The Justice Center for the Protection of People with Special Needs Executive Director Denise M. Miranda announced that the Justice Center conducted several trainings and presentations in December and January, as part of the agency’s ongoing efforts to educate provider agencies and caregivers about incident reporting and the Justice Center’s abuse prevention initiatives, and to enhance the knowledge and skills of investigators.

The Justice Center conducted the training sessions and education and outreach presentations at locations in Albany, Schenectady and Suffolk counties to staff and investigators employed by both state and non-state operated service providers. Some presentations were made in conjunction with service provider agencies under the jurisdiction of the Justice Center.

Investigative Training

The Justice Center trains investigators and law enforcement personnel on appropriate and effective methods to investigate allegations that people with special needs have been abused or neglected.

The Justice Center’s Law Enforcement Training Academy (LETA) in December provided training for the International Association of Chiefs of Police on “Leadership In Police Organizations.” This course, administered together with the NYS Division of Criminal Justice Services, involved 36 investigators employed by the Justice Center and members of local police departments from across the State. LETA additionally provided investigations training in Syracuse to 12 investigators working for provider agencies and state agencies along with 29 provider and state investigators on Long Island in January. Disabilities Awareness Training was provided to 26 law enforcement officers from four local police departments on Long Island in January as well.

“The Justice Center works diligently with state agencies, providers, and local law enforcement officials to ensure officers are equipped to understand the unique circumstances involving cases of people with special needs,” said Larry Murello, Deputy Director of the Law Enforcement Training Academy. 

You can view the Justice Center’s training schedule here: https://www.justicecenter.ny.gov/media/news/training-opportunities.

Education and Outreach

The Justice Center also works in partnership with provider agencies and their staff in training everyone involved with the care of people with special needs about the importance of reporting abuse and neglect, and their obligations under the law. “The Justice Center works with staff with an eye toward preventing abuse and neglect, and ensuring staff members who provide care for people with disabilities understand their responsibility to report such incidents when they occur,” said Justice Center Deputy Director of Outreach, Prevention, and Support Davin Robinson.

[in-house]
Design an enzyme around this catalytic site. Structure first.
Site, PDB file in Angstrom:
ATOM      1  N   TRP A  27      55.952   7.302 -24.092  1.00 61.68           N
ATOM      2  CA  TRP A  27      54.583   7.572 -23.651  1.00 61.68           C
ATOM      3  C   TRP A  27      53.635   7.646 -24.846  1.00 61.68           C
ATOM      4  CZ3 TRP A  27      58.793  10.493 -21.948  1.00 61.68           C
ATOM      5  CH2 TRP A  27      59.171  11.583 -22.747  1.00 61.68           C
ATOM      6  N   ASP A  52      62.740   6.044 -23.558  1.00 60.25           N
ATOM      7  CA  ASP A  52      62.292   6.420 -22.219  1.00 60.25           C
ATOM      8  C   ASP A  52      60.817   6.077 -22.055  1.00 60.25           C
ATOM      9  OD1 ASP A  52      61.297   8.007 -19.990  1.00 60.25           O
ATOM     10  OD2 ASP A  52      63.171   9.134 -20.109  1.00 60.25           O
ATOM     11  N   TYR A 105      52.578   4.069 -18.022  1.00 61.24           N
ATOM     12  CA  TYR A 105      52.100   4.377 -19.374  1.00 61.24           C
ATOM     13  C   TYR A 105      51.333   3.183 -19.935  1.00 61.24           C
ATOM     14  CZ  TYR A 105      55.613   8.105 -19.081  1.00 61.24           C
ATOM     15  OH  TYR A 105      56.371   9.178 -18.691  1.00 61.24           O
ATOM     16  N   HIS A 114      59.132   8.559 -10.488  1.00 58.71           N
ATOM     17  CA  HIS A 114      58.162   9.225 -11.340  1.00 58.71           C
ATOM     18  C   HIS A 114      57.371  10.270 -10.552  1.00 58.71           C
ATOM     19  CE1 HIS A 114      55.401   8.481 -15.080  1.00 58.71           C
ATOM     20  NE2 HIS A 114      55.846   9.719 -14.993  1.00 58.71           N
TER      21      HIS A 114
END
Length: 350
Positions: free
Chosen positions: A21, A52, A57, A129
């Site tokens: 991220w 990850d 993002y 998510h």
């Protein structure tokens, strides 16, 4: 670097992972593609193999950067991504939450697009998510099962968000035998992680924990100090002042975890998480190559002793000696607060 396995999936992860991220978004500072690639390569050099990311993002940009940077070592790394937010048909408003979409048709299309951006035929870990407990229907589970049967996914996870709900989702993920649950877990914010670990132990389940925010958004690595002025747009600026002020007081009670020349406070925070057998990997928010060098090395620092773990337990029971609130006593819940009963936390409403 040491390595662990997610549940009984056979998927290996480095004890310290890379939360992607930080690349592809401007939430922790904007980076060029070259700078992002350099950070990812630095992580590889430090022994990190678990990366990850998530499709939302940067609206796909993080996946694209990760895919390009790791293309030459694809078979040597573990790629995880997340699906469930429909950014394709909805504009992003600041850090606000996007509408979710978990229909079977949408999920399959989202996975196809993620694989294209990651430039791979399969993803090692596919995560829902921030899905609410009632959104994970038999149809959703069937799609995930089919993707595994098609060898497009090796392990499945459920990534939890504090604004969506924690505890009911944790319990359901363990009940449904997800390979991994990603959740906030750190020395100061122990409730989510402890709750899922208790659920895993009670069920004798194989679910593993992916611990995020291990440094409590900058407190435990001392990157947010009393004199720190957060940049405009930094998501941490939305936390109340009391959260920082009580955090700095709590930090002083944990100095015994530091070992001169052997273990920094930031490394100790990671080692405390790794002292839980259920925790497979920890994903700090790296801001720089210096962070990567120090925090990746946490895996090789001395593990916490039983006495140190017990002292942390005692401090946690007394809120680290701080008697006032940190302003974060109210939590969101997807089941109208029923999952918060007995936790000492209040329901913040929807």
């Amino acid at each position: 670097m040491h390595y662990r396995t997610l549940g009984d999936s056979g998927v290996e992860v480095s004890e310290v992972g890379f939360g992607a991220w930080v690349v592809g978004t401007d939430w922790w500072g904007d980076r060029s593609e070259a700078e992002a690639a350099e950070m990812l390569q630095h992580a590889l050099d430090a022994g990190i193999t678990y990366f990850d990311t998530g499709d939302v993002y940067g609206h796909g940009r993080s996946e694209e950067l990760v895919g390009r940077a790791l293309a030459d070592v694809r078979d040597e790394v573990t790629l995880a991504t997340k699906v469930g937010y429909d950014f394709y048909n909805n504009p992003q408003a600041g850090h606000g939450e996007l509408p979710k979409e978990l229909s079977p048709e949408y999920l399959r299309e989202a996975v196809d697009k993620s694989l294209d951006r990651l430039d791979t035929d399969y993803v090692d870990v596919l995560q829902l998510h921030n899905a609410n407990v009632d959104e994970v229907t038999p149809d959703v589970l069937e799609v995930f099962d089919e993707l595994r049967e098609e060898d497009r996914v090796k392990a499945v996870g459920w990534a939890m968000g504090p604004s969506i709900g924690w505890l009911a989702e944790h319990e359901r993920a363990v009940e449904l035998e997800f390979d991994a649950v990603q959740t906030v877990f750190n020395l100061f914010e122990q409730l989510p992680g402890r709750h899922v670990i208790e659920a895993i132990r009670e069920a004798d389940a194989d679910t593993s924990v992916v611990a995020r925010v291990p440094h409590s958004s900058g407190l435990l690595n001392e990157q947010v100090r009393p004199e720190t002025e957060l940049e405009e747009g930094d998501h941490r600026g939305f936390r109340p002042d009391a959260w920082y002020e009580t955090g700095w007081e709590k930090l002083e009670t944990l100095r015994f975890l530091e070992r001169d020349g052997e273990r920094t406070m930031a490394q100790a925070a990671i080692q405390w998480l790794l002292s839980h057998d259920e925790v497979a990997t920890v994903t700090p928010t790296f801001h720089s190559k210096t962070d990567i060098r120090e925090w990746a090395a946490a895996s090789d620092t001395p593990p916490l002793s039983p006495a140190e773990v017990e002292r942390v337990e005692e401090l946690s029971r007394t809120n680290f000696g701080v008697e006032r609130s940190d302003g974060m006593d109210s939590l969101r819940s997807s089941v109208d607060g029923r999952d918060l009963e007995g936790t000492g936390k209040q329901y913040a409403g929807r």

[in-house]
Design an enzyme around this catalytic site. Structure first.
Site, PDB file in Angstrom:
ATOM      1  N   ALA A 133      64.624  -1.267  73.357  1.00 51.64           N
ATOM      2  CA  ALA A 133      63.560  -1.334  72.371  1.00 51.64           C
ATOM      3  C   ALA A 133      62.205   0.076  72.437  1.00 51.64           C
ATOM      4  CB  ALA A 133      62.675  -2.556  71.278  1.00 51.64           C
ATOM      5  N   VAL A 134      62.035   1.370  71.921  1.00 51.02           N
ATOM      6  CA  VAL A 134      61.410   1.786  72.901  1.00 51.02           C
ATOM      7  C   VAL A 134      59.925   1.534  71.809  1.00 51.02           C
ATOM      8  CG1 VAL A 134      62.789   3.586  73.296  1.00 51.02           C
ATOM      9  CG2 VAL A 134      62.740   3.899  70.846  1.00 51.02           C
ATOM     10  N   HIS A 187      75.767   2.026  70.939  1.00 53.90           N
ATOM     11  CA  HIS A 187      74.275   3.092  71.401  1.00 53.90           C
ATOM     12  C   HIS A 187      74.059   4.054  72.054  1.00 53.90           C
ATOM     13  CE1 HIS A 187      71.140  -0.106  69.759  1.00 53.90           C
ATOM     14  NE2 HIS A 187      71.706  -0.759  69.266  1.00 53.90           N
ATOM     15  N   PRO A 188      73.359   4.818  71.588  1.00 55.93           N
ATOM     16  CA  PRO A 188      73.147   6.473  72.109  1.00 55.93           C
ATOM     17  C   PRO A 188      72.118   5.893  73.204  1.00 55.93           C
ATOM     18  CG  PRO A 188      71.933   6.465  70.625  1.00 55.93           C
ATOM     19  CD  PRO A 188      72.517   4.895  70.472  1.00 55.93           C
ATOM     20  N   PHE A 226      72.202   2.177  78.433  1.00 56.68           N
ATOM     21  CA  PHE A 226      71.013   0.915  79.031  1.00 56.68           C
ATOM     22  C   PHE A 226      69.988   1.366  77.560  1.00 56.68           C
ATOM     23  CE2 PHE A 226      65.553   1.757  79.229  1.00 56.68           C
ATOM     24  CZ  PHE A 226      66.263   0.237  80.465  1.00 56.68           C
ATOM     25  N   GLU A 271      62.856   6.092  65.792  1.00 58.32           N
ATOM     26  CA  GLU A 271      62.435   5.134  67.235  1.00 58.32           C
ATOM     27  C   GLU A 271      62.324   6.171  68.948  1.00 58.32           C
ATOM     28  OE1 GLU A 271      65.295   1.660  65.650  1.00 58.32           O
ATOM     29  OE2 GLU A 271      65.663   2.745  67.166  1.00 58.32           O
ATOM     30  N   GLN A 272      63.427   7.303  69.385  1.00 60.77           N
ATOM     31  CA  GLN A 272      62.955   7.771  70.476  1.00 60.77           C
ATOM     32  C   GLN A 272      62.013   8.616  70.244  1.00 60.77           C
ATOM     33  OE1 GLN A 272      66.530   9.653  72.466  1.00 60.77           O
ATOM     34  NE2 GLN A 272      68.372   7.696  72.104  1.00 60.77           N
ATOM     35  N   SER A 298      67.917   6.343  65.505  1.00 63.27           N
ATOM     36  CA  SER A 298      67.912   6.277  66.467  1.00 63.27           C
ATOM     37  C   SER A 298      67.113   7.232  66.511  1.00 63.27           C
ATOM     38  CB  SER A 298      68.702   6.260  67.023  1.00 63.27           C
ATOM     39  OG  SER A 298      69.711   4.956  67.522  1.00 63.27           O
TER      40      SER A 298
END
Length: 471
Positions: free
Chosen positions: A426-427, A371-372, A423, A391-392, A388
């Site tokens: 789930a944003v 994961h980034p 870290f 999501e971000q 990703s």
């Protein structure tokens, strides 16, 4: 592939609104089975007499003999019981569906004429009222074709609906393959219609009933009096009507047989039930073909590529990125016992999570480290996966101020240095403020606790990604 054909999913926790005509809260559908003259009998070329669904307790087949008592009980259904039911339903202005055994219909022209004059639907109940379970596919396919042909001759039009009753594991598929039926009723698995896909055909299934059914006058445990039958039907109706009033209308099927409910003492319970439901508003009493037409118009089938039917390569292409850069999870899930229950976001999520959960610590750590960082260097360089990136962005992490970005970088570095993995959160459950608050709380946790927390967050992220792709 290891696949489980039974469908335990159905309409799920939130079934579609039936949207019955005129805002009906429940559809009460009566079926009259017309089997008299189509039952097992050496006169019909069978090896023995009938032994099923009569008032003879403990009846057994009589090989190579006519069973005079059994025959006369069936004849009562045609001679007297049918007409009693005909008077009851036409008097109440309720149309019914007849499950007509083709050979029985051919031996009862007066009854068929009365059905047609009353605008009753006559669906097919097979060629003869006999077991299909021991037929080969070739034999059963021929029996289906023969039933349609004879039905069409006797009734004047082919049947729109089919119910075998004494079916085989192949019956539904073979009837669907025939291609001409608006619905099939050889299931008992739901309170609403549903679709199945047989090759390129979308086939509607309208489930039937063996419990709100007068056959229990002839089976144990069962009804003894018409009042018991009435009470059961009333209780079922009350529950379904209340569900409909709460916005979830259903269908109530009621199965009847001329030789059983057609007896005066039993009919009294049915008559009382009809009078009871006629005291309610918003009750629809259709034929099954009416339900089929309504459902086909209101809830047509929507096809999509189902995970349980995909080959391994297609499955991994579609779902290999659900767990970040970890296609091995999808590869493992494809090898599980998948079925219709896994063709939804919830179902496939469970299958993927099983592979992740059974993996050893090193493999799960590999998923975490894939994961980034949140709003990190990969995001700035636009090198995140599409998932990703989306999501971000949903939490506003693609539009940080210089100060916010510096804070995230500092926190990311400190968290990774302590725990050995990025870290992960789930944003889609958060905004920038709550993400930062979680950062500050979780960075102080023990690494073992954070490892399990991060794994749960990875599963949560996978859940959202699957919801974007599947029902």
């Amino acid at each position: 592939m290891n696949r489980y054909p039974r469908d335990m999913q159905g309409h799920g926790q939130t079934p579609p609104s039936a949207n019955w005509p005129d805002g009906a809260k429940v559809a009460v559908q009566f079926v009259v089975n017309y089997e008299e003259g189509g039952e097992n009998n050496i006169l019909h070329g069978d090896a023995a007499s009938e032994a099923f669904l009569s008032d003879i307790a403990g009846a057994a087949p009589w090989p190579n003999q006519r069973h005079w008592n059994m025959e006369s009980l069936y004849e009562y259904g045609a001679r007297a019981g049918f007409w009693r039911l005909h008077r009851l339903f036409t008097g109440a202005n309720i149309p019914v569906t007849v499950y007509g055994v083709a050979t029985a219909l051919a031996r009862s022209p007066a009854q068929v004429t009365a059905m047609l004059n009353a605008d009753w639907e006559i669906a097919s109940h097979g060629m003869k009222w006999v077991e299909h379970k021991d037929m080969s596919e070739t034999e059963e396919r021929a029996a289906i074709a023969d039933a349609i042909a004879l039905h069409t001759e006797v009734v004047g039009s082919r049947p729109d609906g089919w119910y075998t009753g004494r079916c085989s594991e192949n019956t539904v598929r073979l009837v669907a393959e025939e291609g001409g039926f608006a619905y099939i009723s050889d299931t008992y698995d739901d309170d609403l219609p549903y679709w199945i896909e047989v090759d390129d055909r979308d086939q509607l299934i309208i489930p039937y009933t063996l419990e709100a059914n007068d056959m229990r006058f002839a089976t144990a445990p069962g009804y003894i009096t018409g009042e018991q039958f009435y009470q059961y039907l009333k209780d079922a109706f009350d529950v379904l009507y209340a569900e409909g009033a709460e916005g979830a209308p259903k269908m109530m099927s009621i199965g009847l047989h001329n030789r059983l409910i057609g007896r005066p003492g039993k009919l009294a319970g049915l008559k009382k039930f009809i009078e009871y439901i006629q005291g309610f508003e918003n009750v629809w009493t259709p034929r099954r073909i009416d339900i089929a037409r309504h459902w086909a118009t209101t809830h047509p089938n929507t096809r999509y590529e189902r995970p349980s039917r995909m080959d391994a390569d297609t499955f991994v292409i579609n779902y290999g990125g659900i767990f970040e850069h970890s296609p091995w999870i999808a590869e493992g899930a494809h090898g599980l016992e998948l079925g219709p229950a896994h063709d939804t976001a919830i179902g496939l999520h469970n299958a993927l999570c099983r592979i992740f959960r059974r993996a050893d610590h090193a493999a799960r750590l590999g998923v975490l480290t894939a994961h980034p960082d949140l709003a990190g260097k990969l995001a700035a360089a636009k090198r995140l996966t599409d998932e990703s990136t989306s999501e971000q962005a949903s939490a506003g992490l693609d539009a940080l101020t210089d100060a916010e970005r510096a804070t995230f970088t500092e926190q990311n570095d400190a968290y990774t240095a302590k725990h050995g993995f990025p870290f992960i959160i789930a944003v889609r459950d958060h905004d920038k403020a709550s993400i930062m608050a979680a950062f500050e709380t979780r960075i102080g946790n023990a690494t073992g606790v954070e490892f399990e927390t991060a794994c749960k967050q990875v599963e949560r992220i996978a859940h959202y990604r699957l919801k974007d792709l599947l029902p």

The Justice Center’s goal is to prevent mistreatment of people with special needs and to ensure all allegations of abuse or neglect are reported and fully investigated. The Justice Center investigates, reviews and makes findings when it receives reports of abuse and neglect by staff – including employees, volunteers, interns, consultants, or contractors – against individuals who receive services.  

The Justice Center’s primary purpose and responsibility is to protect the health, safety and welfare of people with special needs who receive services or supports from state operated, certified or licensed facilities and programs. The Justice Center oversees facilities or programs operated, licensed or certified by the Office for People With Developmental Disabilities (OPWDD), Office of Mental Health (OMH), Department of Health (DOH), Office of Alcoholism and Substance Abuse Services (OASAS), Office of Children and Family Services (OCFS), and the State Education Department (SED).

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